If you’re following the drama in the crypto space, you might be feeling a little overwhelmed… is crypto done? Is it going to save the world, or is it evil? Will it be the end of money, or the beginning? Well… what’s actually going on is way more exciting than that. Cryptocurrency is part of an evolution of money, neither good nor evil, but a mere iteration of a representation of a store of value, and a catalyst for changes in the way we interact with it.
What may be more important than focusing solely on the prices of coins right now, is the underlying current of direction in this space and what it means for our monetary future… and our future may be a digital dollar, a digital dollar that’s looking more like it will happen with each passing day. And while we’ve briefly touched on what a digital dollar is in past issues, there’s more to the story. So, let’s talk about it… and look at what a Fed report published earlier this year has to say on the matter.
CBDCs To Stabilize The System
While other countries are planning, or have already implemented, their own CBDCs, America lags… and we’re aware of that fact. Decision makers also seem to be aware of the fact that, in order to stay top dog financially, we need to get ourselves in gear. The rapid adoption of digital forms of payment shows no signs of slowing, and cash payments are declining rapidly, making up only about 20% of transactions made today according to the Atlantic Council. That’s an 11% decrease in just the last five years. Clearly, the future is digital, so what do we plan to do about it?
According to some in positions of power and influence, a U.S. CBDC is possibly one of our best bets for stabilizing the monetary system as it passes through current changes. U.S. Fed Reserve Vice Chair Lael Brainard has stated outright that America “must” consider how to preserve ready public access to save central bank money, and that a digital dollar and the adoption of CBDCs and crypto should all exist together as a solution. And not in passing or casually, these statements, and statements like them, were made by Brainard before the Committee on Financial Services in May.
In this same set of statements, Brainard alluded to the possible negative ramifications of the U.S. not implementing a CBDC, stating that European central banks issuing CBDCs may threaten the position of the dollar as the global reserve currency. So, a CBDC may be important to us when it comes to ensuring the strength of the U.S. dollar… sounds like we know what needs to be done, we’re just dragging our feet about doing it.
What The Fed Said
But if we want to get real formal with it… we can just take it all from the horse’s mouth. In January of this year, the Federal Reserve put out a paper on a digital dollar titled Money and Payments: The U.S. Dollar in the Age of Digital Transformation. Sounds delicious… wonder what tidbits of information can be found in this little 40-page report. Don’t worry, we read it, so you don’t have to.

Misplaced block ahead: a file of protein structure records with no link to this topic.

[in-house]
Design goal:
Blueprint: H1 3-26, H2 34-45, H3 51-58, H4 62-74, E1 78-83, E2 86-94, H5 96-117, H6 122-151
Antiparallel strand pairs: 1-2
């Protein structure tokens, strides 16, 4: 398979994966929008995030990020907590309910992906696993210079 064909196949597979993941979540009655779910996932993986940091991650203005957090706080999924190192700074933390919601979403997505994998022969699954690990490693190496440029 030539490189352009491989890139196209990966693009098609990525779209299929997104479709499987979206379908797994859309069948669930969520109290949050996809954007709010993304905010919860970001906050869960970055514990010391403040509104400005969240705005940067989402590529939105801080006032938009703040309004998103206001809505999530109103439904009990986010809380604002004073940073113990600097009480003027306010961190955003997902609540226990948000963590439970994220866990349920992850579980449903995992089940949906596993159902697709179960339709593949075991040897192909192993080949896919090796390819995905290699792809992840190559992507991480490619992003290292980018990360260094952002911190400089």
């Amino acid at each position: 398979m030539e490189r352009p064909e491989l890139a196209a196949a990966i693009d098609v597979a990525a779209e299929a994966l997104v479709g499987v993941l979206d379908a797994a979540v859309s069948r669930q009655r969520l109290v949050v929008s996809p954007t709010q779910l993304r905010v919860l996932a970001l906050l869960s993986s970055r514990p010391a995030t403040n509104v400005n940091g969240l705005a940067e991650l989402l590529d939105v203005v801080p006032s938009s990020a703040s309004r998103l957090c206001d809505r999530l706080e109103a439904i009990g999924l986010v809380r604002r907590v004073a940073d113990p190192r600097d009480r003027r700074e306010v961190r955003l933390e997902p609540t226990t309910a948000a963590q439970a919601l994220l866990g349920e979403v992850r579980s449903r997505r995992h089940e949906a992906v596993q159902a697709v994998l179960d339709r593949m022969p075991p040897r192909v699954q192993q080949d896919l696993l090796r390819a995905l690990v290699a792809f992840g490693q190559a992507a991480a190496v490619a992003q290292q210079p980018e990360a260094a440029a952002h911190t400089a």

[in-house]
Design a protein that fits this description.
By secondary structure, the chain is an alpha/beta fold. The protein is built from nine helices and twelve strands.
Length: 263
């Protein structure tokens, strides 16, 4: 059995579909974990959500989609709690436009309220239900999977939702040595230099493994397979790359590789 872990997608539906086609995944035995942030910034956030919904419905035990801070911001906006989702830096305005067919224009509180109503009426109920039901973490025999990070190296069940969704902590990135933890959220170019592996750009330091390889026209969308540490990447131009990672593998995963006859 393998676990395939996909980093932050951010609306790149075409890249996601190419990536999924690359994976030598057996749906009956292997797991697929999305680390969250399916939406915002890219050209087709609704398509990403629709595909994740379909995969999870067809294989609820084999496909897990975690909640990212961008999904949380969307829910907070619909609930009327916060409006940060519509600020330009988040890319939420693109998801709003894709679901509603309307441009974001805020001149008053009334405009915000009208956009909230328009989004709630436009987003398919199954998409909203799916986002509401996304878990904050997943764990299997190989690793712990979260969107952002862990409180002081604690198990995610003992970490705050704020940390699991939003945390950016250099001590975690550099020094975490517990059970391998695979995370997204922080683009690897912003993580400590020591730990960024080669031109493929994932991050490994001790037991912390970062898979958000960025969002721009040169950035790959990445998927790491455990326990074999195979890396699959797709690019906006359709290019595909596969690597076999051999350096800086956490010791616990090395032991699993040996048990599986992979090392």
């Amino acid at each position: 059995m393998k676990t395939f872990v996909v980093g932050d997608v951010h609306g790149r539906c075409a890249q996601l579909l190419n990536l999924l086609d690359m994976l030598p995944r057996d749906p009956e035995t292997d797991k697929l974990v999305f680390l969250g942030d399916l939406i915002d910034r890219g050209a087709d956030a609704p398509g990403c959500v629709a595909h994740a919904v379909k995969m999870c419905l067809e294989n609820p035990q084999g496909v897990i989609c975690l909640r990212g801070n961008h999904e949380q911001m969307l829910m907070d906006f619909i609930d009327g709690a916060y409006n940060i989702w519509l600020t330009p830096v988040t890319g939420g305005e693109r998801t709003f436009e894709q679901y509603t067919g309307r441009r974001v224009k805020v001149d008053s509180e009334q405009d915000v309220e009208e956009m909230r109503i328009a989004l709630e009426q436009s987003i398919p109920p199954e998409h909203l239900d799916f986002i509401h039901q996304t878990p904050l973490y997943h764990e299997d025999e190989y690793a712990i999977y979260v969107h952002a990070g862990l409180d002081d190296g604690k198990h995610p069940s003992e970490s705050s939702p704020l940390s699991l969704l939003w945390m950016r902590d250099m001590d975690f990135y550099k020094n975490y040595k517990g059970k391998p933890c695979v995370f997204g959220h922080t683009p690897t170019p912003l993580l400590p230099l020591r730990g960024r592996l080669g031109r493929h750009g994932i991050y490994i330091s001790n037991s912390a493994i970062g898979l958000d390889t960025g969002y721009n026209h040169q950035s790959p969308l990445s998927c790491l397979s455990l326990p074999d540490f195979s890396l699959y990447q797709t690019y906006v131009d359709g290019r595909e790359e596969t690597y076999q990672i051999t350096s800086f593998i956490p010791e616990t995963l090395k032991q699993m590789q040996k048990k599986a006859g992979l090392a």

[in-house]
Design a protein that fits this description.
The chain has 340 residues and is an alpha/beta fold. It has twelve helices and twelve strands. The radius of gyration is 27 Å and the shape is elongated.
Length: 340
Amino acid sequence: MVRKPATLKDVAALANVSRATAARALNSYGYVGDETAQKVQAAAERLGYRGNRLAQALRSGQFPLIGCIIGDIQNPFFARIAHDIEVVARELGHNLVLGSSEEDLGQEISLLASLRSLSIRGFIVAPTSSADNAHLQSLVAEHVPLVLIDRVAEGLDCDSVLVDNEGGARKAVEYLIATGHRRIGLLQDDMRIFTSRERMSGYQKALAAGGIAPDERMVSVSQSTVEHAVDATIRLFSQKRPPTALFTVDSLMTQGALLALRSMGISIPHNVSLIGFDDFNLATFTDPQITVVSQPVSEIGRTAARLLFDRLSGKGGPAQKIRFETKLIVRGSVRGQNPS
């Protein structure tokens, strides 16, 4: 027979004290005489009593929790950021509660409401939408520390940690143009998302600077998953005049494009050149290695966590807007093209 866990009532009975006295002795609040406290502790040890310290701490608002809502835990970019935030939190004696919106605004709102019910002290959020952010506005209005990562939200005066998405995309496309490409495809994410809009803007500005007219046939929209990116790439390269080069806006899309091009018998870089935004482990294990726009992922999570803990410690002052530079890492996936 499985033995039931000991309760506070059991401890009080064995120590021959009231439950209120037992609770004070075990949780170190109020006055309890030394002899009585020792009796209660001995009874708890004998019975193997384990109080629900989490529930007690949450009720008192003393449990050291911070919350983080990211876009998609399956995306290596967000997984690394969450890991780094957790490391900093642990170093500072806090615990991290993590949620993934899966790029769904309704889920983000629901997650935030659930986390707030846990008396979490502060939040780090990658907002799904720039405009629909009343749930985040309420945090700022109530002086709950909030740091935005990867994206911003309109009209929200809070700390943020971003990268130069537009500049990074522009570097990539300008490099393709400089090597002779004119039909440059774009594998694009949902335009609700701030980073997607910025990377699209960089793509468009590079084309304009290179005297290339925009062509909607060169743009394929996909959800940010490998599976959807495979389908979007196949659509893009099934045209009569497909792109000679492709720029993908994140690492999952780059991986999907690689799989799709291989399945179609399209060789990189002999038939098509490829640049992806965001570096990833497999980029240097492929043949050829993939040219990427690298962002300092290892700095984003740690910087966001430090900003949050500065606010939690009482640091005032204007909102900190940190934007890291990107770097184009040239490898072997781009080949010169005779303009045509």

The paper starts out by defining a CBDC as a digital liability of a central bank that is widely available to the public and, as such, is analogous to a digital form of paper money. It also lays out a background, wherein it’s noted that that Fed policymakers have been studying a CBDC closely for several years and that reserve staff will “continue to play an active role in developing international standards for CBDCs.”
It’s important to note here that, should a CBDC be implemented, holdings and transactions will be managed by private sector accounts instead of Fed direct customer accounts. That’s because, straight away, the report dives into some cases for a CBDC and explains that Americans have had digital money for years, but the difference here would be that “a CBDC would be a liability of the Federal Reserve, not of a commercial bank”.
The report lays out the different forms of money as a means of payment, store of value, and unit of account and goes over some of the different structures in place in the monetary system and discusses the challenges presented due to the fast evolution of current payment systems. What’s interesting in this section is that the Fed has been building a new interbank settlement service for instant payments… and it’s almost done, called the FedNow Service, which will debut next year.
The FedNow Service will allow commercial banks to provide payment services to households and businesses around the clock, every day, without interruption. The report highlights must-haves if a functioning, useful CBDC is to come to fruition… it must be privacy-protected, intermediated, widely transferable, and identity-verified. Finally, the paper states that the Fed is considering how a CBDC would fit into the monetary landscape, and that a CBDC would probably be greenlit as long as research points to a CBDC proving superior to other methods that might solve a core set of current monetary problems facing America.
And there it is… could the implementation of a CBDC be the magic slipper that transforms our somewhat laggy, aging monetary system, or is it a fever dream? To read this report, it almost seems like we’re between a rock and a hard place… do we do this, go for a CBDC and all that could potentially go wrong with it, or do we stay in an antiquated monetary system and virtually ensure our own demise, just to avoid risk?
While it does make you wonder, we think the potentials of blockchain technology for monetary change, should we execute properly, are almost unfathomable. We hope you keep coming back, we have a feeling something big is coming in this space and we want to be the ones bringing it to you as it happens… so be sure to check out next week’s issue. As far as we can tell, it’s not about specific coins, it’s about the mission of the technology.